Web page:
Parksville city council voted Monday to receive the results of their needle distribution bylaw consultation and directed staff to look at setting up a meeting with the medical health officer for the central Island, Dr. Paul Hasselback.
Council initially wanted to just receive the report for information, but chief administrative officer Keeva Kehler requested further instruction be given to staff.
Mayor Ed Mayne said the report from Hasselback contained quite a lot of detail that needed to be looked at in order to make adjustments to the bylaw. Mayne said he was fine with initially receiving the report, and then going back to staff in order to “work around points to come up with something that is a little bit clearer.”
However, Kehler requested specific direction from council as to the next step that staff should take. Kehler said she understands that a lot of changes would have to be made in order to make the bylaw acceptable to Hasselback.
Consultation with a medical health officer is mandatory in B.C. for municipalities looking to enact bylaws that deal with the delivery of health services.
Coun. Adam Fras suggested that staff continue with the consultation process, and arrange a meeting with Hasselback, certain council members and perhaps the Minister of Health in order to work through the necessary changes to the bylaw.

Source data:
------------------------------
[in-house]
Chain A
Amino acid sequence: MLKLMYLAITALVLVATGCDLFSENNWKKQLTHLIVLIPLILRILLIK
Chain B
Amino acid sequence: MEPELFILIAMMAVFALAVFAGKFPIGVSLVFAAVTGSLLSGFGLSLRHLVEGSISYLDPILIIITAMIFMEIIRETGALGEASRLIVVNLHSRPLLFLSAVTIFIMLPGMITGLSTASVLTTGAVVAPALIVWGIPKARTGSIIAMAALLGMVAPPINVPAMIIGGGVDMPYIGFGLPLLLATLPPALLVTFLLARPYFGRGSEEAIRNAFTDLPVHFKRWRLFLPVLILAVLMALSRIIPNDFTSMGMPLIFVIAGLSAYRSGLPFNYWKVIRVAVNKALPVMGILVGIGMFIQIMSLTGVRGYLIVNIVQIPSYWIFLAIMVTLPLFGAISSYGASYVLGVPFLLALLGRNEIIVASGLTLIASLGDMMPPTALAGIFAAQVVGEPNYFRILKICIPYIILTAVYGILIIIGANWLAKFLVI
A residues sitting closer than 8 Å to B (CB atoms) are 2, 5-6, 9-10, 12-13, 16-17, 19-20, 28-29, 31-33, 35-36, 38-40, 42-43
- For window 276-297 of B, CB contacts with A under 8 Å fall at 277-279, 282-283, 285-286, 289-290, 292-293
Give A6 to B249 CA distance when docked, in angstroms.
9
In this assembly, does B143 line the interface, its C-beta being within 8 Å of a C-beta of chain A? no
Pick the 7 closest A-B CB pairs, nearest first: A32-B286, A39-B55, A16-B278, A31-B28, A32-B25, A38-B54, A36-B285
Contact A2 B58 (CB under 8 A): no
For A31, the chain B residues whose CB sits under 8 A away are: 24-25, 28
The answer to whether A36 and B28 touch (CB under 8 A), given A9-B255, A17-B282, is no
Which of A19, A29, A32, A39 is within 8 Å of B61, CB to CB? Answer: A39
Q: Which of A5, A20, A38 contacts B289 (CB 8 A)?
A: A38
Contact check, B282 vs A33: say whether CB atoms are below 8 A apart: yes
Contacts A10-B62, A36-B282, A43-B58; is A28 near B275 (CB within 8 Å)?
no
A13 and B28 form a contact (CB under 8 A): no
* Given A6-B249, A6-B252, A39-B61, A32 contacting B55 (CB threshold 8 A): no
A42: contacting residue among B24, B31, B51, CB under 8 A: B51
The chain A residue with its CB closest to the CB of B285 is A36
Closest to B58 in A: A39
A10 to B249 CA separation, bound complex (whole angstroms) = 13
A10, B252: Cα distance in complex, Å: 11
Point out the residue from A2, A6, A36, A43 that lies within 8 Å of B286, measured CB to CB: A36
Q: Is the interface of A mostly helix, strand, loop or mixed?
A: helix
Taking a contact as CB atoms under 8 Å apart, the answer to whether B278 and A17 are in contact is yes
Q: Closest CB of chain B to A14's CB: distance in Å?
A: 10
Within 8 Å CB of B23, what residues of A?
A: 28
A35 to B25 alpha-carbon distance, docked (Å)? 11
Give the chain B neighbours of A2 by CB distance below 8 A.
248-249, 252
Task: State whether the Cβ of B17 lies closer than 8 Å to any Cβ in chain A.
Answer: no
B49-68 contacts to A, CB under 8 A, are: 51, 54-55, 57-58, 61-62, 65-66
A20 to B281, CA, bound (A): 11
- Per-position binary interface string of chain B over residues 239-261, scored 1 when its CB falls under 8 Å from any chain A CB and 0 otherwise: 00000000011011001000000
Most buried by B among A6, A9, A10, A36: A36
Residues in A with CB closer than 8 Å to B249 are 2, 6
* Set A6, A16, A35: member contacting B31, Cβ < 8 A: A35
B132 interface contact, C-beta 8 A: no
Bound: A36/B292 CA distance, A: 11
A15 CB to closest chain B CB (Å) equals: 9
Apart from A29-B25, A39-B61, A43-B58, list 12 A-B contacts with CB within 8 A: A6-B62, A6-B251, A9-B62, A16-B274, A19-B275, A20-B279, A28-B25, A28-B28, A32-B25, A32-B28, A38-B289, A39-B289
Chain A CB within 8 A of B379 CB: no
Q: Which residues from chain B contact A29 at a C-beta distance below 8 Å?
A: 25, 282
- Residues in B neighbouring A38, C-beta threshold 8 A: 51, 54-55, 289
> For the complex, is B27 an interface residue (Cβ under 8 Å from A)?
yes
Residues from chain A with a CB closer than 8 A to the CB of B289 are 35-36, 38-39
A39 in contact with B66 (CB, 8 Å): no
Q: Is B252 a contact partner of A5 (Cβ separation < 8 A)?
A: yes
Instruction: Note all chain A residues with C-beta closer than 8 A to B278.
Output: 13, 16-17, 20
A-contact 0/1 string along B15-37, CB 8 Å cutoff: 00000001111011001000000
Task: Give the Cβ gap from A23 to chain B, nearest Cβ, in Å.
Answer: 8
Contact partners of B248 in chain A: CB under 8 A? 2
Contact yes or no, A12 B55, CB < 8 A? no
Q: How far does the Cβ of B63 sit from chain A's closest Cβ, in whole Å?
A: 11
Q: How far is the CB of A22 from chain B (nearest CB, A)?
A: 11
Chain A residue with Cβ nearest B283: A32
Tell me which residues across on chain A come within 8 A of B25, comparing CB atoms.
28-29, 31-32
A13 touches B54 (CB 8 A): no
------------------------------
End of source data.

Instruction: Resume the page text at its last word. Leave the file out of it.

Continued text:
Several council members including Coun. Teresa Patterson, Coun. Marilyn Wilson and Coun. Doug O’Brien voiced their support for Fras’s motion.
O’Brien said it seems, based on the results of the consultation, that the bylaw would need a complete rewrite.
O’Brien cited the fact that the bylaw as written could cause issues on what he described as very serious legal grounds, and that it “could be construed as nullifying harm reduction plans by the medical officials.”
“I feel that we have to look at this… to actually have [Dr. Hasselback] assist in the rewriting,” said O’Brien.
Mayor Ed Mayne acknowledged that the bylaw and the consultation are on what he deemed “extreme ends” of policy belief in regards to needle distribution.
“We’re a long, long ways apart here,” said Mayne.
Mayne is concerned that harm reduction tactics are coming at the expense of some Parksville citizens, citing claims that four people had been pricked by inappropriately discarded needles in the city.
He also expressed his desire for Minister of Health Adrian Dix to be present at the proposed meeting.
• The city experienced technical difficulties with video playback of the Nov. 4 council meeting.
According to manager of communications Deb Tardiff, it is unlikely the video will be able to be recovered, and will not be available online to watch as is usually the case.